Saving Tomorrow's Pilots
The Auto GCAS capability is currently operating on more than 600 U.S. Air Force F-16 Block 40/50 aircraft worldwide. Auto GCAS flight testing was also recently completed on U.S. Air National Guard F-16 Block 30 aircraft and the capability is expected to be fielded on that fleet in 2020. Lockheed Martin and the F-35 Joint Program Office (JPO) completed F-35 Auto GCAS integration and flight testing in 2018 and plan to begin fielding this proven life-saving technology in June 2019. The Auto GCAS will ultimately protect more than 3,200 F-35s and their pilots worldwide. The F-35 Joint Program Office estimates the Auto GCAS will prevent more than 26 ground collisions during the service of the F-35 fleet.
In addition to the Auto GCAS, Lockheed Martin and the U.S. Government have also developed an Automatic Air Collision Avoidance System (Auto ACAS). As its name suggest, Auto ACAS is designed to avoid air-to-air collisions. Together, the two systems form the Automatic Integrated Collision Avoidance System (Auto ICAS), the world’s first fully automatic integrated combat flight safety system designed to prevent both air-to-air and air-to-ground collisions.
In recognition of the Auto ACAS and Auto ICAS programs, Lockheed Martin and the AFRL received Aviation Week Laureate Awards in 2016 and 2019 for the development and flight testing of these systems, which predict collisions and automatically maneuver fighter aircraft to avoid ground collisions and mid-air crashes in training exercises. These systems are projected to save 34 aircraft, 25 pilot lives and $2.3 billion over the next 15 years.
The National Aeronautic Association recognized the significance of the Auto GCAS by awarding the 2018 Robert J. Collier Trophy to the joint team that developed it.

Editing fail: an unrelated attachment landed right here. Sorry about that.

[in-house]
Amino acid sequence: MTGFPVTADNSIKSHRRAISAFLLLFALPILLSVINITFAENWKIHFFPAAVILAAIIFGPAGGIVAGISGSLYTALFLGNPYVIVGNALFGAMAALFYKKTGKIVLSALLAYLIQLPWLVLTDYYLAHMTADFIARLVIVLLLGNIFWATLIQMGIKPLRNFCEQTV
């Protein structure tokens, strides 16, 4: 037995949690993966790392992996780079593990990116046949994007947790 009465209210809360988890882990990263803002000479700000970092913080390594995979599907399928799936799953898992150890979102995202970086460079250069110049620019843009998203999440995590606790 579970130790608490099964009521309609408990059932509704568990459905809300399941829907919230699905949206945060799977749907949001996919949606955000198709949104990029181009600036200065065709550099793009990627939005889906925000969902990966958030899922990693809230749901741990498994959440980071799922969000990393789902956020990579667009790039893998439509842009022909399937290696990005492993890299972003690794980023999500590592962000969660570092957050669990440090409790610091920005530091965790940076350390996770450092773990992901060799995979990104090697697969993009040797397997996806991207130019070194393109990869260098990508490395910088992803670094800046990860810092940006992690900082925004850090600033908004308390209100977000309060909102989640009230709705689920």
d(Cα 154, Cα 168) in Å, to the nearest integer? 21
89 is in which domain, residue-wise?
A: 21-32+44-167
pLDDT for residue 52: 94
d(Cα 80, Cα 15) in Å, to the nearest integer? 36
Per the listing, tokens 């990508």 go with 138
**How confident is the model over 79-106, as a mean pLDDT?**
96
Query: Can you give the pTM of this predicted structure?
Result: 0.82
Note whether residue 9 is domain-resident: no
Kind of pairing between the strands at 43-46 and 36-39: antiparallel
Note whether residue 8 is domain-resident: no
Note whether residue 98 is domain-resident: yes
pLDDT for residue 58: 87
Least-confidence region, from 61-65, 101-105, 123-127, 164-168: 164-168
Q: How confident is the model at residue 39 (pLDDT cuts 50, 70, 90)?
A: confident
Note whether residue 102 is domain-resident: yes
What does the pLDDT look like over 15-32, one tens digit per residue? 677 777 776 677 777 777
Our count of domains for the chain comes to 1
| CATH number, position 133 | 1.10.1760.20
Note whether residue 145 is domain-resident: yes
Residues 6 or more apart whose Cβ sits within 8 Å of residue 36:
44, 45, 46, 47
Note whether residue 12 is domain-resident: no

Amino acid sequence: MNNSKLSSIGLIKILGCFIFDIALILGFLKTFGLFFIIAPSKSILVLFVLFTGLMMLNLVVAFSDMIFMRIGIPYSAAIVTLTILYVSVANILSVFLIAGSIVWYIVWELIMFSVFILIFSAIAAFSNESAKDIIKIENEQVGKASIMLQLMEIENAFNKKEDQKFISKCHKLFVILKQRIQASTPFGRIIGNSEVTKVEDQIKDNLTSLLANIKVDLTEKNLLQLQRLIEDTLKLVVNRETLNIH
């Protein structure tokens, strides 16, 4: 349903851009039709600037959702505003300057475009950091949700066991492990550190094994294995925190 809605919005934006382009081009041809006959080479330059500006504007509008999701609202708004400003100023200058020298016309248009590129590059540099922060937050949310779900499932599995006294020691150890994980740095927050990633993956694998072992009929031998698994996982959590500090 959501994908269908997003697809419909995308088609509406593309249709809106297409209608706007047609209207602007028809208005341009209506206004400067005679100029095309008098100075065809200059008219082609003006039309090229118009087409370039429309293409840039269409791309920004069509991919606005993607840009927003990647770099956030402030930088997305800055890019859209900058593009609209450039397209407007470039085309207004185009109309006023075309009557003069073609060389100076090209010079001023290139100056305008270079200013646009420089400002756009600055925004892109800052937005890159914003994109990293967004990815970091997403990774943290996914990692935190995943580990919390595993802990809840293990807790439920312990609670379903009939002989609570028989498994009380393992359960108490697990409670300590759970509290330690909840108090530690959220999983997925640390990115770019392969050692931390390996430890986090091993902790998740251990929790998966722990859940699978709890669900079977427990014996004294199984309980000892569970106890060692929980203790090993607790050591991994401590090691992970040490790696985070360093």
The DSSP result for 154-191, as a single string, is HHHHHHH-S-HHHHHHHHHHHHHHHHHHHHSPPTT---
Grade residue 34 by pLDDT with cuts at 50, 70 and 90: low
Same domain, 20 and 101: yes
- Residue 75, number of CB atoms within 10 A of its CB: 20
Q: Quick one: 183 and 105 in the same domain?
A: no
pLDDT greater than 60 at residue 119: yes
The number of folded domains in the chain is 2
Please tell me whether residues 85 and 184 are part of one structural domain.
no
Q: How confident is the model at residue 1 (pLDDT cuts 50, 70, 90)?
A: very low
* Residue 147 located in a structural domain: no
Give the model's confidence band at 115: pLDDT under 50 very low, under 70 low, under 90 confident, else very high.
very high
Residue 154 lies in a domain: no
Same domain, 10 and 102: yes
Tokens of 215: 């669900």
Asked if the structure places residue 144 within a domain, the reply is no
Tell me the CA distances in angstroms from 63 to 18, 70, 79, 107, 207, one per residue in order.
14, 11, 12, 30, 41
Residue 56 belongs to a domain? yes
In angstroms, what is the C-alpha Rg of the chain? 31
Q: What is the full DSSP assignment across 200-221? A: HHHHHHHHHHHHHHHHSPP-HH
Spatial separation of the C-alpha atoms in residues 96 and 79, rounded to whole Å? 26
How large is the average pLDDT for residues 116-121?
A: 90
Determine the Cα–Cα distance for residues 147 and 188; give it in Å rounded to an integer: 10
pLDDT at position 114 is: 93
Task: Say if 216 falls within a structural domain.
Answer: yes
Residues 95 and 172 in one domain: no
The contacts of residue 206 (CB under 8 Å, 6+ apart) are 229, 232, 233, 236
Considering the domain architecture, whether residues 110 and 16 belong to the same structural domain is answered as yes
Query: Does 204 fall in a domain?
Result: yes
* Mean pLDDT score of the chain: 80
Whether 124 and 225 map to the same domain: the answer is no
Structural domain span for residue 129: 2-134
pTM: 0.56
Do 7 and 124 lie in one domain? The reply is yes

As Col. Chris Baird, former U.S. Air Force F-16 System Program Manager, put it, “It’s not just about killing the bad guys with airpower. It’s also equally about saving the good guys.”
A Close Collaboration
All of this success did not come overnight. Auto GCAS is the result of research collected by Lockheed Martin’s Skunk Works®, AFRL and NASA spanning nearly three decades. An Air Force F-16D was ultimately selected as a test platform for the system and related flight-testing began in 2009 at the NASA Armstrong Flight Research Center (AFRC) located at Edwards Air Force Base, California.
Lockheed Martin worked closely with its U.S. Government and Air Force customers to refine this game-changing Auto GCAS capability and help deliver it to the warfighter. Auto GCAS has already saved numerous pilots and will save many more in the future as the system is implemented more broadly across the global F-16 fleet and applied to other aircraft platforms.
“Auto GCAS saves lives, it’s been proven in the F-16,” said Lt. Col. Tucker Hamilton, F-35 Integrated Test Force director and 461st Flight Test Squadron commander.